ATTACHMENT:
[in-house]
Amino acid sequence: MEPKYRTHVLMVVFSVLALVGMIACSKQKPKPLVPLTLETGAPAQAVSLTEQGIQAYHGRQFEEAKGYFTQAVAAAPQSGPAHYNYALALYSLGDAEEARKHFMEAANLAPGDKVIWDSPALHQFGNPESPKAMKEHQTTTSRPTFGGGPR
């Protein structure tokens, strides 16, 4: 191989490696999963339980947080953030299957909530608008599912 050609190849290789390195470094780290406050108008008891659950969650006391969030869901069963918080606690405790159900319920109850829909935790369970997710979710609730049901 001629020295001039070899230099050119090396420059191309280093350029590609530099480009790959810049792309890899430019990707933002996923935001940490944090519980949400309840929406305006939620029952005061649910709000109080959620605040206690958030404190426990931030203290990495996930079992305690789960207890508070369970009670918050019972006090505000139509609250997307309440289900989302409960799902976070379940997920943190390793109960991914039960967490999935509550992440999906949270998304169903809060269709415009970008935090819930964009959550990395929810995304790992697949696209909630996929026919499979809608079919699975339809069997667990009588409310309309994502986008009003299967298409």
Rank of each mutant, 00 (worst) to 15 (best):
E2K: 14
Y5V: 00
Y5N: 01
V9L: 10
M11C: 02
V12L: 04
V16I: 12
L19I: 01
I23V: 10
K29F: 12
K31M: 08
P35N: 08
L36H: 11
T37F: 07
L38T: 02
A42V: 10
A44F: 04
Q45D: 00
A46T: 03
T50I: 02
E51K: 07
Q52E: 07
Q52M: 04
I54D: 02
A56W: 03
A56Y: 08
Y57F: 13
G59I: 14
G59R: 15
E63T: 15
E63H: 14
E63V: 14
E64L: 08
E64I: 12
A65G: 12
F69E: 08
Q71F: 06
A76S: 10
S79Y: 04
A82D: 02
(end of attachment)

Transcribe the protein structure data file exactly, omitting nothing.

[in-house]
Amino acid sequence: MEPKYRTHVLMVVFSVLALVGMIACSKQKPKPLVPLTLETGAPAQAVSLTEQGIQAYHGRQFEEAKGYFTQAVAAAPQSGPAHYNYALALYSLGDAEEARKHFMEAANLAPGDKVIWDSPALHQFGNPESPKAMKEHQTTTSRPTFGGGPR
């Protein structure tokens, strides 16, 4: 191989490696999963339980947080953030299957909530608008599912 050609190849290789390195470094780290406050108008008891659950969650006391969030869901069963918080606690405790159900319920109850829909935790369970997710979710609730049901 001629020295001039070899230099050119090396420059191309280093350029590609530099480009790959810049792309890899430019990707933002996923935001940490944090519980949400309840929406305006939620029952005061649910709000109080959620605040206690958030404190426990931030203290990495996930079992305690789960207890508070369970009670918050019972006090505000139509609250997307309440289900989302409960799902976070379940997920943190390793109960991914039960967490999935509550992440999906949270998304169903809060269709415009970008935090819930964009959550990395929810995304790992697949696209909630996929026919499979809608079919699975339809069997667990009588409310309309994502986008009003299967298409």
Rank of each mutant, 00 (worst) to 15 (best):
E2K: 14
Y5V: 00
Y5N: 01
V9L: 10
M11C: 02
V12L: 04
V16I: 12
L19I: 01
I23V: 10
K29F: 12
K31M: 08
P35N: 08
L36H: 11
T37F: 07
L38T: 02
A42V: 10
A44F: 04
Q45D: 00
A46T: 03
T50I: 02
E51K: 07
Q52E: 07
Q52M: 04
I54D: 02
A56W: 03
A56Y: 08
Y57F: 13
G59I: 14
G59R: 15
E63T: 15
E63H: 14
E63V: 14
E64L: 08
E64I: 12
A65G: 12
F69E: 08
Q71F: 06
A76S: 10
S79Y: 04
A82D: 02